- In Gunnerkrigg Court, we have Zimmy, who translates for the Polish-speaking Gamma. Zimmy has a tendency to "translate" a lot of what other people say into insults, to prevent Gamma from making friends with anyone else, and thus keep her around.
- In the Mass Effect universe, the normally-insular Batarian Hegemony makes a point of providing up-to-date glossaries and language rules to the rest of the galaxy, in order to facilitate the spread of their propaganda.
- in Sam & Max Save The World, Sam is tasked as the translator between Whizzer and the president, despite the fact that both speak English. The president nonetheless insists that he can't understand anything Whizzer says, so Sam has to deliberately mistranslate in order to accomplish his goals.
- In the Western Animation version of Sam & Max, a yeti/abominable snowman they are with creates a lynch mob out of a remote village by altering what the duo asked him to say to sound like threats.
- This case is a textbook one. "Nasty", a general insult, was translated as a specific political slur regarding people of a certain Brazilian political party. Since the editor of this comic is linked to a magazine well-known in Brazil for utterly hating said political party, and since it would take specific effort to make such a "mistake" (as "nasty" is a fairly simple word that can be translated more easily into several others), it became clear that this was a Translation With An Agenda.
- While the book has never been translated fully, at least some of the controversy regarding The Satanic Verses in the Arabic speaking world can be attributed to the fact that the title was sometimes deliberately translated using the word "ayat", which specifically means the verses of the Quran as opposed to its more general English title.
- In his Let's Play of Metroid Prime 3: Corruption, after having railed against Yoshio Sakomoto for Metroid: Other M in earlier videos of the LP, Slowbeef translated his producers log as thus:
"Hello, this is Yoshio Sakomoto! Itís not easy writing stories for Metroid considering my functional illiteracy. Honestly, I donít really like Samus, and I donít want you to like her either. I hate her and feel threatened by her. I will ruin this franchise. Iím just coming out and telling you. Fuck Metroid and fuck you."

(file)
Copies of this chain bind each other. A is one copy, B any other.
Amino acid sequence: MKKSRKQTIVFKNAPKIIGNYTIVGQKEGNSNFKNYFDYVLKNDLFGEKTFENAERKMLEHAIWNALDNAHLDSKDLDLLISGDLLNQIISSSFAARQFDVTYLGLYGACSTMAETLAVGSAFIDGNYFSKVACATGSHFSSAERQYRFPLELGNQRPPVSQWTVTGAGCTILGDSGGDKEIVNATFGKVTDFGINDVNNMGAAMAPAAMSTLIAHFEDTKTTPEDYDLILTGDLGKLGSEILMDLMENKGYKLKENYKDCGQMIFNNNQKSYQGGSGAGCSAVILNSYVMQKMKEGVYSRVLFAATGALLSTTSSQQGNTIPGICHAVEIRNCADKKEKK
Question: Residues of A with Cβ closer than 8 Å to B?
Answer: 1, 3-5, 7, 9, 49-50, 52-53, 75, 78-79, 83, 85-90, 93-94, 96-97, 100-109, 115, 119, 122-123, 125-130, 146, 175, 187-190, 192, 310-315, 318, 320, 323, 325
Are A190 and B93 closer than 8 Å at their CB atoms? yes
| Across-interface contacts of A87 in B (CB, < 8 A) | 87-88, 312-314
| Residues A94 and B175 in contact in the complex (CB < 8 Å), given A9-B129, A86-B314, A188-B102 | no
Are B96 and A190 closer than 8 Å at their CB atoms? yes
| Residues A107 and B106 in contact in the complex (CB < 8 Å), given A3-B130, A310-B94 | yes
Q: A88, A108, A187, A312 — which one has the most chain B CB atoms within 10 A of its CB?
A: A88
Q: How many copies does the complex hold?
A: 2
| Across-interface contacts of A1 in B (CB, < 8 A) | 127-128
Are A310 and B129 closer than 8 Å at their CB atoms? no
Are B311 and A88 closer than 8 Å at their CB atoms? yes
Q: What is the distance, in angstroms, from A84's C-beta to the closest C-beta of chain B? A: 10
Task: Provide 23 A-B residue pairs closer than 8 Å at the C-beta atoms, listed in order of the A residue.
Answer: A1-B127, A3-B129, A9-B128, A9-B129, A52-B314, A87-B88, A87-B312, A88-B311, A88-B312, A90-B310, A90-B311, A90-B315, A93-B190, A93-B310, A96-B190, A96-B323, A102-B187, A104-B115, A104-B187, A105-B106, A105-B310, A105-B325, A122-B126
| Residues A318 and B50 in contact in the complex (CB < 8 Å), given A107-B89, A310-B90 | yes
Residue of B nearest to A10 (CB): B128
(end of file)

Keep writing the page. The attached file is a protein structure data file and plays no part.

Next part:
- There's an infamous scanlation◊ of Cardcaptor Sakura where Tomoyo's Love Confession to Sakura is unchanged, but presented with a note on the side that reads "Ewww..." It's uncertain if this was in reaction to the lesbianism or to the fact that they're cousins, but fans were not amused. Both of the pair being notably underage might be a factor, but a professional translator abstains from commentary.
- Many Chinese films will have lines altered when exported to the US to remove any pro-Chinese political messages. With some films, this not only means taking out overt references, but anything that can be construed as even vaguely political. Suffice to say, has become a Berserk Button for fans.
- The Franco Regime had a board of censors to make sure Spaniards weren't exposed to foreign filth and dangerous political ideas. This extended to movie dubbing, and some efforts of the censors are still legendary in Spain, the most egregious one being turning the protagonists of the adulterous affair in Mogambo to an innocent-looking brother and sister, making their visually hinted relationship incestuous instead in a spectacular backfire. Another straightforwardly political one was omitting Rick's past as a fighter for the Spanish Republic in Casablanca.
- While not as exaggerated as the Spaniard ones, Mexican-Spanish dubs did this sometimes. As a rule of thumb, any reference towards Americans going against Mexicans will be invariably changed, for obvious reasons.
- When coming up with an Inuktitut word for "uranium", a translator who obviously had some personal views regarding nuclear energy rendered it as "rock that kills", and that term was used for some time before it was realized what had been done.
- Garfield is probably one of the least political comic strips in existence. But in the eighties, one Norwegian translator team kept insisting that Jon subscribes to Klassekampen, a well-known left-wing newspaper. And considering what a Straw Loser Jon was at the time...
- An editor for Commie, an anime fansub group, took this Up to Eleven with the ED for the last episode of Inugami-san to Nekoyama-san. He altered the lyrics to express his hatred of the show and regret of picking it up in not very subtle terms.
- Pawel Leczycki - a 17th century Polish Bernadine monk - was the translator of Giovanni Botero's travelogue Relazioni universali. Apart from fixing some of Botero's errors in the sections relating to Poland, Leczycki also seemingly added some content reflecting his biases—e.g. in a listing of Greater Poland's major cities he added a bunch of cities which happened to house Bernardine convents, and in the section on Russia he put in a bunch of mean jabs at the country.
- Michael Wood's In Search of Alexander documentary, following in the footsteps of Alexander the Great, gets a subtle one in thanks to a pointed translation of his Greek guide Arrian. When Wood reaches what he believes to be the site of the famous Battle of Gaugamela in Iraq, he gets out his copy of Arrian and describes Alexander's preparations for war - most prominently offering up prayers to the gods Phobos and Deimos for their aid the next day. Traditionally Phobos and Deimos are translated as something like "fear" and panic" or "terror" and "disarray", but here, in the middle of Iraq, not long after the end of the second Gulf War, Wood chooses to translate them as "shock and awe"...
- The Italian dub of Monty Python and the Holy Grail has replaced the humour with near-incomprensible political jokes.